Mr. Sandman, Send Me A Dream of My Own Bed

For two months, Monkey went to bed contently in her own bed. Not a peep at bedtime.

I was so proud of her, I bought her a kiddie pool. Then, last week, when she clearly and strongly expressed her desire to sleep in my bed, I told her about the pool — tactical error; we hadn’t put it up yet. The information that we owned it was sufficient enough to get her back into her own bed — for one night.

The next night, the battle was renewed. Just as I was readying the “pool” bribe, Monkey, face down on my bed, held up a hand. “Mommy,” she said solemnly, “you can take the pool back to the store.”

Heavens defend us — she’s already anticipating arguments. We’re doomed (again). I was speechless. If the pool didn’t get her in her own bed, I had no idea — short of physical force — what would.

And now, in addition to the fight to sleep in my bed, Monkey has become the queen of the bedtime stall. This has been building for awhile, but it has truly reached new heights. She throws off her covers, and insists I put them back over her. She adopts a new animal every night, and makes me search for it until it can be safely tucked in with her. She dithers over the choice of a book. She goes potty twice before going to bed.

It’s maddening. I have stomped, I have bribed, I have coerced, I have threatened. I have put her to bed with the gate up, and come upstairs to find her bedclothes and stuffed animals against that gate and her in my bed. She’s a 3-year-old escape artist! If I close the door, she yells and cries — and she can open the door anyway.

Last night, I simply gave up. I read her book and sang her lullabies in my bed. When I went to bed later, she was sleeping, so I moved her, and she slept the rest of the night in her own bed.

I guess that’s the best I can hope for right now. I cannot think of a bribe that will entice her. DearDR suggests that we keep the pool but not let her swim in it, but I don’t want to fight that battle.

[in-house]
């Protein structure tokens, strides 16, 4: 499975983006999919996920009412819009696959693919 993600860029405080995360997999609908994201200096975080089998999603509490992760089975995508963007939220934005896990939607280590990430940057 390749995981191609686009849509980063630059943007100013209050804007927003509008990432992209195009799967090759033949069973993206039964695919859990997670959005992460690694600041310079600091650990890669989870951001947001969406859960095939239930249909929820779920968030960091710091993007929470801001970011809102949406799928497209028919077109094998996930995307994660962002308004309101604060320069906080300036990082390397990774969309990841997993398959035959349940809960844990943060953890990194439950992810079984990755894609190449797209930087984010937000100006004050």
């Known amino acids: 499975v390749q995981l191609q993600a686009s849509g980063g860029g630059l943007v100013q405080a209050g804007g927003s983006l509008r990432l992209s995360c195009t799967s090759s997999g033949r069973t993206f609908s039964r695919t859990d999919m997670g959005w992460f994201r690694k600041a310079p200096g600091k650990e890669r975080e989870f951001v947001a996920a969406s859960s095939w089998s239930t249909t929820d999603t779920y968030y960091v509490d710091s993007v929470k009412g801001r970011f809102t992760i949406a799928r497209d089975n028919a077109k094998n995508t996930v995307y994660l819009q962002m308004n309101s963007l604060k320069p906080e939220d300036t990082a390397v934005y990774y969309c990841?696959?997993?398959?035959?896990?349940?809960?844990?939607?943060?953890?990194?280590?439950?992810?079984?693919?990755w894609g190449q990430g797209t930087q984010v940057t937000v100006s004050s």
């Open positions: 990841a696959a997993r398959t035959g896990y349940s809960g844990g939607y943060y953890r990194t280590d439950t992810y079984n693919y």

She’s won. Until I think of something else.

Suggestions welcome!

Lasting First Impressions

I could not be happier that the weekend is over and that I can spend most of the week sitting at my desk. I seriously overdid it this weekend, especially at a Burgh Mom‘s get together at the zoo, and a long day of sitting is in order.

The Pittsburgh Zoo was awesome, however. I just need to get something to attach to my stroller so it can carry two toddlers, because Monkey was seriously flagging by the time we were heading back to the car. I decided that giving her a piggy-back ride (why is it called a piggy-back ride?) part of the way would be a good plan. Not so much. The small of my back was very bad on Sunday.

Much thanks to my fellow Burgh Mom attendees who were kind enough not to lose us in the crowd out of sheer embarrassment of being seen with me and my children. You see, by the time we all met up, my children — at a perfectly dry day at the zoo — were covered in mud. I proceeded to get quite filthy myself, and I can’t remember the last time I was so happy to take a shower at 3 p.m.

How did such a thing happen?

I managed to park myself in the concession area next to the only mud puddle in the whole zoo. It wasn’t too bad when Monkey decided to step in it; true to form, Monkey was wearing her rain boots. Not because it looked rainy, of course; Saturday was a gorgeous, if hot, day to stroll the zoo. The problem was when Bun, also true to form, decided she was going to do exactly what her big sister was doing. Unfortunately, Bun was not wearing her rain boots. I thought sneakers were a much more reasonable choice.

Silly me.

I could have engaged in a public battle royale with my younger daughter regarding the puddle of mud and her desire to splash in it. Changing tables wasn’t much of an option as it was already close to noon and the place was crowded. I was already sharing my table with two other moms (not the people I was here to meet, but that was okay) and their two kids.

In the end, though, I just let Bun have her fun. First of all, the mud puddle pretty much guaranteed that my children were not going to wander off. Secondly, I was able to just sit for a period of time as I looked for the people I was meeting. Third, I figured “kids playing in mud puddle” was an easy landmark. And lastly: Dirt washes off.